So just when red knots and other migrating shorebirds need fat-rich food, Delaware Bay beaches are loaded with fatty crab eggs roiling in the surf. So the shorebirds enjoy a raucous debauchery of nonstop feeding, filling up on the eggs that give them the energy they need to finish the trip.

Many other shorebirds join them in this feast, including other sandpiper species like dunlins and sanderlings, plovers, ruddy turnstones, willets, and more, not to mention laughing, herring, and black-backed gulls, plus terns. 

It is a sight to behold. Arrive at low tide, and the beaches are crammed with shorebirds, gulls, and terns cheek-to-jowl in a frenzy of feeding, the cacophony of gulls impossibly loud; arrive at nighttime high tide, and the beach is chock-a-block with horseshoe crabs. It is a naturalist’s nirvana. On one visit last year, I easily spotted a huge turkey vulture inexplicably sitting amidst the gulls, quietly munching on dead horseshoe crabs while the gulls noisily fought over eggs. I’ve even seen bald eagles sitting on the beach at low tide at this time of year too, their size standing out among the Lilliputian shorebirds. 

Call it sex and gluttony on the Delaware Bay: the horseshoe crabs engaged in lusty orgy while the shorebirds engorge themselves on the fruits of the crabs’ labors. 

But this extraordinary confluence of natural history events is depressingly endangered. While horseshoe crabs have been used for fertilizer since the Lenape days, in recent decades the over-harvesting of the beasts for fertilizer, bait, and even medicine (the crab’s blue copper-based blood is useful to researchers) has greatly depleted their numbers. With fewer crabs emerging in the surf, knot numbers have plummeted, and bird experts are terrified we will lose the race of knots that engages in this long-distance feat. Over the last 20 years or more, there have been fierce battles raging over the allowable number of crabs to sustainably harvest, arguments leaving no one happy, neither biologists nor fishermen. And because three states border on the bay, the knot’s situation becomes even more entangled.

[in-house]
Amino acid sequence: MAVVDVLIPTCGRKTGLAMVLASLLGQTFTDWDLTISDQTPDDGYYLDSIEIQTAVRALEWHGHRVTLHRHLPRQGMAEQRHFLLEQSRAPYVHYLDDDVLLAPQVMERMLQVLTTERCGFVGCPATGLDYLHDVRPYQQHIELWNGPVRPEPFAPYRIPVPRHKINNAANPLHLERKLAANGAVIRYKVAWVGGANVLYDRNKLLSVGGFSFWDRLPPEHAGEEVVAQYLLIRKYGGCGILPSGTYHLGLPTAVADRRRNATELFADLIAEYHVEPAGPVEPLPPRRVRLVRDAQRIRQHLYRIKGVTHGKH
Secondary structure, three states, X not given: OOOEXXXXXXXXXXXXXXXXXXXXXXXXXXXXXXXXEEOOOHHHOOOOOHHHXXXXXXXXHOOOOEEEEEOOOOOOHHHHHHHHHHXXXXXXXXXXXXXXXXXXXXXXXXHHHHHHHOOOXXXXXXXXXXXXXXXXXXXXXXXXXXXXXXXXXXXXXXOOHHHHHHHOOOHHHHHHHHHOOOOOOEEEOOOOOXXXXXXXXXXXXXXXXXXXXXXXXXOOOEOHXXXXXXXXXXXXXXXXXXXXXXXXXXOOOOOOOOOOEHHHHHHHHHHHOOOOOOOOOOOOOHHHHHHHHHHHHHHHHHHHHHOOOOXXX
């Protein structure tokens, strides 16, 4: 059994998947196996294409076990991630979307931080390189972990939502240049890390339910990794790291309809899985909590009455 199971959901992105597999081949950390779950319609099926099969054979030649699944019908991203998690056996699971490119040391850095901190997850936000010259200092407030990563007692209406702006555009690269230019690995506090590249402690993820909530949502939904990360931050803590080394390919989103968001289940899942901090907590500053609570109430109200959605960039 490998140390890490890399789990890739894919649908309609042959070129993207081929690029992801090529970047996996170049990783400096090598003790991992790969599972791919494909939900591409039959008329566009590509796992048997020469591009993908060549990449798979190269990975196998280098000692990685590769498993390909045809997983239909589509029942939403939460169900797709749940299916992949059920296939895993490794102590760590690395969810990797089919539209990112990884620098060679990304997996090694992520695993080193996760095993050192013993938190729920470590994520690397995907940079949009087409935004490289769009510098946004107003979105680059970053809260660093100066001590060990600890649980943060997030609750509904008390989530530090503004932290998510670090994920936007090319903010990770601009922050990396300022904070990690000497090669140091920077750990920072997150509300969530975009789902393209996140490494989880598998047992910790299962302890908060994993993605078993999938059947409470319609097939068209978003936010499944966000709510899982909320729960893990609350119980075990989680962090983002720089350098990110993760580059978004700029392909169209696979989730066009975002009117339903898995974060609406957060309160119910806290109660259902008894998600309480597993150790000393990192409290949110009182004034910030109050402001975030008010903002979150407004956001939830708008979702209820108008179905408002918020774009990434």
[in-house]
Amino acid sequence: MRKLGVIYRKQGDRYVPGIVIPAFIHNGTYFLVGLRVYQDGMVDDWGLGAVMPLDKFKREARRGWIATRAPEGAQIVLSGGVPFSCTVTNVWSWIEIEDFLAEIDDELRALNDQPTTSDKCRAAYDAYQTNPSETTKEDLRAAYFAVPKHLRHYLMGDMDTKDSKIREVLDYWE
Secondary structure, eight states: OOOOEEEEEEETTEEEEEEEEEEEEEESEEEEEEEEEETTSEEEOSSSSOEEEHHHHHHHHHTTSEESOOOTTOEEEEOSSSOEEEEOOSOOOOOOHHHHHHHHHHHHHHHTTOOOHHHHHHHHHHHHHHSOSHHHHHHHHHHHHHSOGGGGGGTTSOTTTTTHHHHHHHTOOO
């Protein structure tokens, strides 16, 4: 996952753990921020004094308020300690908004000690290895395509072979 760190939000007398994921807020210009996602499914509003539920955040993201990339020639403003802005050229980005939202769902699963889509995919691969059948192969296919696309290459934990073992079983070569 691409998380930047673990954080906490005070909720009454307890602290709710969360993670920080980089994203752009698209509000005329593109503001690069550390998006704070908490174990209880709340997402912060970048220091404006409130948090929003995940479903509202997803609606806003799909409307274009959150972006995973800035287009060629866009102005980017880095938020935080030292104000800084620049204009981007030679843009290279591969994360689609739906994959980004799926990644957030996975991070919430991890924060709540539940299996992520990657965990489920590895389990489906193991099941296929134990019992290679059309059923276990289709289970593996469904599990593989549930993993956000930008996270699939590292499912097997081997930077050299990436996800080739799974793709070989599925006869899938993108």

For the last 25 years or more, Dr. Lawrence Niles has been leading national efforts to call attention to the plight of both red knots and horseshoe crabs, and has been featured in many TV and radio news shows over the years. He is our very special guest on Thursday, March 31 at 7:00 p.m., as part of the center’s popular Thursday Night Live series of free virtual lectures. Simply visit our website to register for the event

Niles has had a front row seat on the red knot story, spending two decades as chief of New Jersey’s Endangered and Nongame Species Program, where he works on other species like piping plovers, and in 2006 started his own company to pursue independent research and habitat restoration in the Delaware Bay and elsewhere. He is also a founding member of the Horseshoe Crab Recovery Coalition and on the board of the National Shorebird Council and Western Hemisphere Shorebird Reserve Network.